Gather ‘round the glowing image-box!
It’s time for another live-tweet! This time, we bring you, via the magic of American Public Broadcasting, our scintillating thoughts on Hamilton’s America!
Mark your calendars for the glorious return of #Hamildames!
This documentary will be aired on your local PBS affiliate at 9pm ET on Friday, October 21.
(We truly wish this were available to Dames Nationals outside the US. Fingers crossed for international accessibility soon!)
Dame S & her daughter got to see the first 30 of the documentary minutes at an event with Leslie Odom, Jr. in Philadelphia this week & is delighted to tell you all that this documentary is going to deliver allll the goods for the process nerds out there.
Don’t expect to see live performances of a bunch of songs from the show -- you’ll see snippets, but the documentary is really about the making of the show, and contextualizing Hamilton himself & his achievements for a modern audience. It’s deeply moving to see Lin and all of his collaborators and castmates moving the song cycle from a conceptual mixtape to a full-blown cultural juggernaut.
In Dame S' favorite moment of the Q&A this week, Leslie said that the most moving moment of the show every night was when he watched Lin, Anthony, Chris & Oak perform “The Story of Tonight”. He said that watching four men of color on stage, singing about friendship, the way white people get to do all the time in American musical theatre, spoke to him in a very deep way about what the show could mean in the long term. At that point, Dame S' daughter turned to her & whispered “Mom! Friendship is magic!” And she cried a little.
Anyway! We hope you’ll join us for all the live-tweeting fun, just about a year to the day after we held our first #Hamildames live-tweet of the original Broadway cast recording.
Plus! Dame M is working on a special set of notes about the actual show, which she got to see in August. Hit reply and let her know if you’d like to read this special issue, to be sent out on 10/21, as well.
Aw, opening night Lin. Bless!
2nd Anniversary Q&A!
We're planning a Very Special 2nd Anniversary Issue for October 14. Remember when our beloved Kathryn VanArendonk interviewed us about our origin story? This year, we'll take questions directly from YOU!
We don't have a theme in mind, and we're happy to entertain all manner of questions, sooooo ask away!
Dame Margaret’s Variations on a Theme
(I ain’t sorry)
So, I know that Angelina filing for divorce from Brad Pitt is technically old news, but I have three great pieces related to it and IT’S (half) MY NEWSLETTER, so I CAN DO WHAT I WANT.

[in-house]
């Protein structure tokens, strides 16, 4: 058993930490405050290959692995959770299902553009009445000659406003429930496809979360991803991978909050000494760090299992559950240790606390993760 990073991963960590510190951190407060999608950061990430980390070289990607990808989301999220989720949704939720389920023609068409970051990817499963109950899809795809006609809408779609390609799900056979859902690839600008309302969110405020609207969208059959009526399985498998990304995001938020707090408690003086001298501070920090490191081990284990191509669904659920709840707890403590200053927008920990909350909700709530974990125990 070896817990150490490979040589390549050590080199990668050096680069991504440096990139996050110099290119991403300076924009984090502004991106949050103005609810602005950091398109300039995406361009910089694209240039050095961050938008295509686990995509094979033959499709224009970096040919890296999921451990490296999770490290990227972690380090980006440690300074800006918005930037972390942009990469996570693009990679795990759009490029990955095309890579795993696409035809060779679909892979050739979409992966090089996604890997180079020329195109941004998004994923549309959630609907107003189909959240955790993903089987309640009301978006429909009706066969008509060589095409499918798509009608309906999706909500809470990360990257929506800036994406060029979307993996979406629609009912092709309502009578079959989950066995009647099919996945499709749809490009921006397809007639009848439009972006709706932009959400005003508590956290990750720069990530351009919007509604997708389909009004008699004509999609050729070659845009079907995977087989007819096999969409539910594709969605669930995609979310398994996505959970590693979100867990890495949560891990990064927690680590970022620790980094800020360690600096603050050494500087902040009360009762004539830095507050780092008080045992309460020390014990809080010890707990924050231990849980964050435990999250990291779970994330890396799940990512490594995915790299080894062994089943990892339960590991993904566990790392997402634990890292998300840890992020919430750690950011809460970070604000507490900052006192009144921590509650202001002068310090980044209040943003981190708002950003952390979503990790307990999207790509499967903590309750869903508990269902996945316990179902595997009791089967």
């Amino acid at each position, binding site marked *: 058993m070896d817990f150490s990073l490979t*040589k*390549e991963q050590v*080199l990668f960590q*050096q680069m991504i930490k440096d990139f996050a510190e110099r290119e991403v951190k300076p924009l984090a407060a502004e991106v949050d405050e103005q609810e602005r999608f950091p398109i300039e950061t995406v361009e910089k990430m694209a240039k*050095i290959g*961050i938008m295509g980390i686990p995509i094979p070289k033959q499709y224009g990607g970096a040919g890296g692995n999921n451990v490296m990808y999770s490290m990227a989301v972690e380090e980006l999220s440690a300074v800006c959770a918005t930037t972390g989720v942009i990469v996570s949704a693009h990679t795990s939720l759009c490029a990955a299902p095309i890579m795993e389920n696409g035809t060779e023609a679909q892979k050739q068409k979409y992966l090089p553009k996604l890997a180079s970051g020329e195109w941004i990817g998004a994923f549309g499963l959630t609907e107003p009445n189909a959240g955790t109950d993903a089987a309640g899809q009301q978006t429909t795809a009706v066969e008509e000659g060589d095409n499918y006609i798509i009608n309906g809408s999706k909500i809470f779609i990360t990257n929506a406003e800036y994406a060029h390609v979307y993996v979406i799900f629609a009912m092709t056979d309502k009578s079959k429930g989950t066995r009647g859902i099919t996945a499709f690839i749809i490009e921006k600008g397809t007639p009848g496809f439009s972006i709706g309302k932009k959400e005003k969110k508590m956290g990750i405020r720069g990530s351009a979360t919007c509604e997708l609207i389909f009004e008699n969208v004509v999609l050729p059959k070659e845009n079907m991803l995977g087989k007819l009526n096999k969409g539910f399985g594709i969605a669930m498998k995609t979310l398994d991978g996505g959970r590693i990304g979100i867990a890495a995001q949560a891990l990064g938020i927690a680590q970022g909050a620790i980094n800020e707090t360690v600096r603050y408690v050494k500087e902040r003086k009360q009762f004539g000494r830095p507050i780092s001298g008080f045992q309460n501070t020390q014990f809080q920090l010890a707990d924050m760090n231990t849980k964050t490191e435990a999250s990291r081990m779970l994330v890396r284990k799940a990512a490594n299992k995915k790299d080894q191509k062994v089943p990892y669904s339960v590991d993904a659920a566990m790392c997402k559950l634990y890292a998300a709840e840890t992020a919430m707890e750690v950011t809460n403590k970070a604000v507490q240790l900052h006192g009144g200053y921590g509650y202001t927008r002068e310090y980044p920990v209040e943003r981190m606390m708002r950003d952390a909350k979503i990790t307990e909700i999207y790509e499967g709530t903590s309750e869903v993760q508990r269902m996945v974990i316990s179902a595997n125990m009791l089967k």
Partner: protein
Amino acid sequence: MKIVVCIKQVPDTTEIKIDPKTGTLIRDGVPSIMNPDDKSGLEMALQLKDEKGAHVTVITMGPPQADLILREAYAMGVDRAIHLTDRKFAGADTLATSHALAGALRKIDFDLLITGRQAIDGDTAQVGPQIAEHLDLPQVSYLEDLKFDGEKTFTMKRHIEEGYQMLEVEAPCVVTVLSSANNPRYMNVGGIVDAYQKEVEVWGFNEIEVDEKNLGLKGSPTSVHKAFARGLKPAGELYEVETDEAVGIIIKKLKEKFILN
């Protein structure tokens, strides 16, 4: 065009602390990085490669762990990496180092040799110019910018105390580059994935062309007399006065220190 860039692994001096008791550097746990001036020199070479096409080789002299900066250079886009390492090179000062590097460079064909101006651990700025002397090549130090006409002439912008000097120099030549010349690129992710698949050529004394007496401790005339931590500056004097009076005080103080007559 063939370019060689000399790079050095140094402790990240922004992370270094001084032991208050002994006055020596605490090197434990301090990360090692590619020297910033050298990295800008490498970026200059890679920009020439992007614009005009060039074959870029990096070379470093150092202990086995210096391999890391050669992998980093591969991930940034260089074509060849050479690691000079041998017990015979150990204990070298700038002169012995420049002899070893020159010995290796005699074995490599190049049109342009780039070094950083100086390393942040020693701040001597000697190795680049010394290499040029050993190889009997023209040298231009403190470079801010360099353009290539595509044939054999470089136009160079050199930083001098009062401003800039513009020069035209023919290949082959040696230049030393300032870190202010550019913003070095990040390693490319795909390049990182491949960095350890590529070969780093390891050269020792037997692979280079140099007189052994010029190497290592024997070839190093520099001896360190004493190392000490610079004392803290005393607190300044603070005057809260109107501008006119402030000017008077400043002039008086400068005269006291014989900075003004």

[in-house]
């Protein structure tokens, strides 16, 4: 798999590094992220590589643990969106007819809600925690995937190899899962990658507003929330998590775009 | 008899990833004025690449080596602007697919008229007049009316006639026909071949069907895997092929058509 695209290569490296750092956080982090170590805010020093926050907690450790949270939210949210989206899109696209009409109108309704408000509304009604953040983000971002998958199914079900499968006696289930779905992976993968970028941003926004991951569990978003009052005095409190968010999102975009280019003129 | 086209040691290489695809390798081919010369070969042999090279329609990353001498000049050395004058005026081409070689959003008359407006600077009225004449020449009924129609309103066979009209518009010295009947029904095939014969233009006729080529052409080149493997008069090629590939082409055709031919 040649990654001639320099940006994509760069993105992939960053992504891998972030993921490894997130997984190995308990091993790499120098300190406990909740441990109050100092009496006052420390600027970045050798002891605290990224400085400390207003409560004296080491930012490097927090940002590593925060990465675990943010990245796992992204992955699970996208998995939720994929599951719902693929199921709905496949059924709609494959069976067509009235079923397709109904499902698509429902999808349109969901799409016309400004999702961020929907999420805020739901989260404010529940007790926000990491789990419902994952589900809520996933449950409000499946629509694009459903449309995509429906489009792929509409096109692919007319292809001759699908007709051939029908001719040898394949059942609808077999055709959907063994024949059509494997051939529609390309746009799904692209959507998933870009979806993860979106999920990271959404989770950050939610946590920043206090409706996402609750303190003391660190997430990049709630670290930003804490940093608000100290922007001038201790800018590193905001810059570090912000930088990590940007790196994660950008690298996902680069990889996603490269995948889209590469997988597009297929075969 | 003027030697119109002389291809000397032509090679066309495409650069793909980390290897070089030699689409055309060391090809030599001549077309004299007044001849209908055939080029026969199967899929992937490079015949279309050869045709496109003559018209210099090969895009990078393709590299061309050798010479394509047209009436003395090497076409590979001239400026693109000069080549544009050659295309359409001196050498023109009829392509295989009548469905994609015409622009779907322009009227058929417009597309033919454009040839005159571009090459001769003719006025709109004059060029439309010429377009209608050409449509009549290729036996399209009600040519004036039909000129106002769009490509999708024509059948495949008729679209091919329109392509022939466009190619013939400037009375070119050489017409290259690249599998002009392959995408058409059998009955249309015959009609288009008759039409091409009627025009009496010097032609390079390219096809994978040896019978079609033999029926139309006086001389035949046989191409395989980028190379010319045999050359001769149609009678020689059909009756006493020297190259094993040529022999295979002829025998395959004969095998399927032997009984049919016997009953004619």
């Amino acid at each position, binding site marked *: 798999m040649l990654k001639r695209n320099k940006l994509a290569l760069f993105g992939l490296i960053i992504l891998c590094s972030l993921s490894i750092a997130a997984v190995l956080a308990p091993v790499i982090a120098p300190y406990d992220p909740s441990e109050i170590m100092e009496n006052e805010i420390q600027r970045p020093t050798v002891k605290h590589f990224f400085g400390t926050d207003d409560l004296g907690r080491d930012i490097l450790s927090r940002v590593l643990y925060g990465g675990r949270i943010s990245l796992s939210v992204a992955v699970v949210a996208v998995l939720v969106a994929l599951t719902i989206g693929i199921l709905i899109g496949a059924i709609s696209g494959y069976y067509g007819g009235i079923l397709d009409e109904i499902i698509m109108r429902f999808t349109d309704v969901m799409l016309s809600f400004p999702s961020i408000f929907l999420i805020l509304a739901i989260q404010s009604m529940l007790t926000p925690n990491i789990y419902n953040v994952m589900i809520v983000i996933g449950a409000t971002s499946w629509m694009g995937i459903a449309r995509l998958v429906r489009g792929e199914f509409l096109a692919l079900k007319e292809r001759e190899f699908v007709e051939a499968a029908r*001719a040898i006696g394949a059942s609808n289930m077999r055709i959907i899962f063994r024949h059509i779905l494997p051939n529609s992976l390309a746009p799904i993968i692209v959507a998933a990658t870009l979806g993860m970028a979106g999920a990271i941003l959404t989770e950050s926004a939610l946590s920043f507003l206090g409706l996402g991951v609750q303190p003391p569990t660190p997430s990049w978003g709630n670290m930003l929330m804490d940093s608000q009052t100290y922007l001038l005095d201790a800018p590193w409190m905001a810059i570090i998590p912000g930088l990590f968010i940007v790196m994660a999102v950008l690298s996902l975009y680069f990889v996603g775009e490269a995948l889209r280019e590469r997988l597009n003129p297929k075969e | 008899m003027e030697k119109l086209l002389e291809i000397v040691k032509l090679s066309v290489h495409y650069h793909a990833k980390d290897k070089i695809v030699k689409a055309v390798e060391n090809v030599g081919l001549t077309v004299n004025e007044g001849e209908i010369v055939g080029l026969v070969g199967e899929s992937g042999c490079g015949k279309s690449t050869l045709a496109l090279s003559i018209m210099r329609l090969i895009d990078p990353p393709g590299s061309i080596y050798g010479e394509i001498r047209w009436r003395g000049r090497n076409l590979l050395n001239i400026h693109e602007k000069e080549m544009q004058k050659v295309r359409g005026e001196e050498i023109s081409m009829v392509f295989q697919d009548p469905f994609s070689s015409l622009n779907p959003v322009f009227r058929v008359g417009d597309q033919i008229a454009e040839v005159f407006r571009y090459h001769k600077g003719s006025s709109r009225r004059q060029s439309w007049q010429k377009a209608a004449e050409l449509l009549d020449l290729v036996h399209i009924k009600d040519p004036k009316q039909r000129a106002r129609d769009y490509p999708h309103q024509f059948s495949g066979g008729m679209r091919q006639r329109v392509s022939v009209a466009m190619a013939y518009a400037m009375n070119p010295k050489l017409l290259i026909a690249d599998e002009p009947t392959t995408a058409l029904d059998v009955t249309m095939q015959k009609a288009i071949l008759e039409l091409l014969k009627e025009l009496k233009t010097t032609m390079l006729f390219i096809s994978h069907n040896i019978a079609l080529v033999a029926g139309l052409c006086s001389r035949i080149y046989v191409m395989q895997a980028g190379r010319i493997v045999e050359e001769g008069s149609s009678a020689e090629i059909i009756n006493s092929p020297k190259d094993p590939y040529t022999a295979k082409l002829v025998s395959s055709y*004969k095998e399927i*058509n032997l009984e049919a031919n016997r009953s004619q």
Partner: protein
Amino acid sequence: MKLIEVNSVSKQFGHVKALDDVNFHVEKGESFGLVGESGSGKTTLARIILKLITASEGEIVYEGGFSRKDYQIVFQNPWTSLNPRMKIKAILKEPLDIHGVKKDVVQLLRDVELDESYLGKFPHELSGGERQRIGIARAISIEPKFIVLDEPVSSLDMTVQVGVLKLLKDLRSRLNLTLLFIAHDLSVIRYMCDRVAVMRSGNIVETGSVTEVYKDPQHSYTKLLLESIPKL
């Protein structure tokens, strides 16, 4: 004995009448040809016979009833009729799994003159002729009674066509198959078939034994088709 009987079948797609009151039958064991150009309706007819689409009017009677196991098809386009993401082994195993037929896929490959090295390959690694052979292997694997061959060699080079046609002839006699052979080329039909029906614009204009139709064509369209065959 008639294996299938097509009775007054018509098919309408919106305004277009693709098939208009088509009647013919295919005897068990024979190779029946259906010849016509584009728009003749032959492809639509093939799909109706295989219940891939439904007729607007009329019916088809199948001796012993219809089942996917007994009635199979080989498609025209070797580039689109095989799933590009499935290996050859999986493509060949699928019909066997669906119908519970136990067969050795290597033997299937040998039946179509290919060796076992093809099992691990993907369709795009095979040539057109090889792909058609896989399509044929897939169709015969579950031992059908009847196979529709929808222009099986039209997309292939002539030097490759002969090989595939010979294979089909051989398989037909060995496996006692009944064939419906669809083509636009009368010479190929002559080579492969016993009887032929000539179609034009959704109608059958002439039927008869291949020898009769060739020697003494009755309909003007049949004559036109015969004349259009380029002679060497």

First, there is this in-cred-i-ble New Yorker profile on Harvey Levin, the man behind TMZ, the gossip website that first posted news of this split, and basically every split of consequence since the site’s founding in 2005. If you can read this without longing for a Shonda Rhimes-produced TV series set at a gossip website, then I do not want to know you.
NEXT-- courtesy of our beloveds, the Unfriendly Black Hotties (whose segment on Brangelina and celebrity splits in this week’s episode was fire): a Bloomberg profile of Laura Wasser, the divorce attorney representing Angelina in the split, and also one half of most splits of note since, again, 2005. If you can read THIS without longing for our friend Christina Grace to end up Laura’s trophy girlfriend then, once again, I do not want or need to know you.
AND FINALLY, there’s perennial #damesfav Anne Helen Petersen’s essay on the split, which is perfect from the title (“Brangelina is Dead; Long Live Angelina”) to the clear-eyed way in which she diagrams Angelina’s expertise in crafting her own image. I almost feel like Brad and Angelina got together, and then split, just so AHP could write this piece.
Speaking of Ms. Petersen, she put out a piece JUST TODAY on The Girl on the Train and “the allure of female rage”, speaking of the book as “the latest in a long line of texts that channel women’s rage at living under patriarchy,” presenting an escapist fantasy where “the escape is not into a more perfect world, just one where women can call bullshit, some more murderously than others, on the increasingly impossible expectations that legislate our lives.” PREDICTABLY, this piece is terrific-- even if I agree with its observations about the mid-aughts chick-lit boom more in aggregate than specific; I think AHP is right about the overall shape of that trend, but wrong in equating the pro-consumerist, pro-romance angle to specific books. But that is a tiny quibble with a very impressive, persuasive, and engrossing piece-- one which does, however, contain spoilers about the novel and film in question. Don’t cry yet, though, spoiler-phobes! You can read about half the essay without encountering them-- just quit when you reach this picture or this sentence “In The Girl on the Train, the knowingness is split between three women, each of whom arrives at it at different points and to different ends.”
And, continuing with a very Buzzfeedy, #damesfav-y theme, eternal #damespiration Bim Adewunmi published two terrific terrific longform pieces about romantic comedies for them recently-- one, an oral history of just how Two Can Play That Game changed the landscape of black romantic comedies and, the second, an examination of “rom-com bitches” (like my fav, Sigourney Weaver’s magnificent heel turn as Katherine Parker in Working Girl) and the societal anxieties they represent. Both are worthy of bearing Bim’s byline and I can think of no higher praise for anything.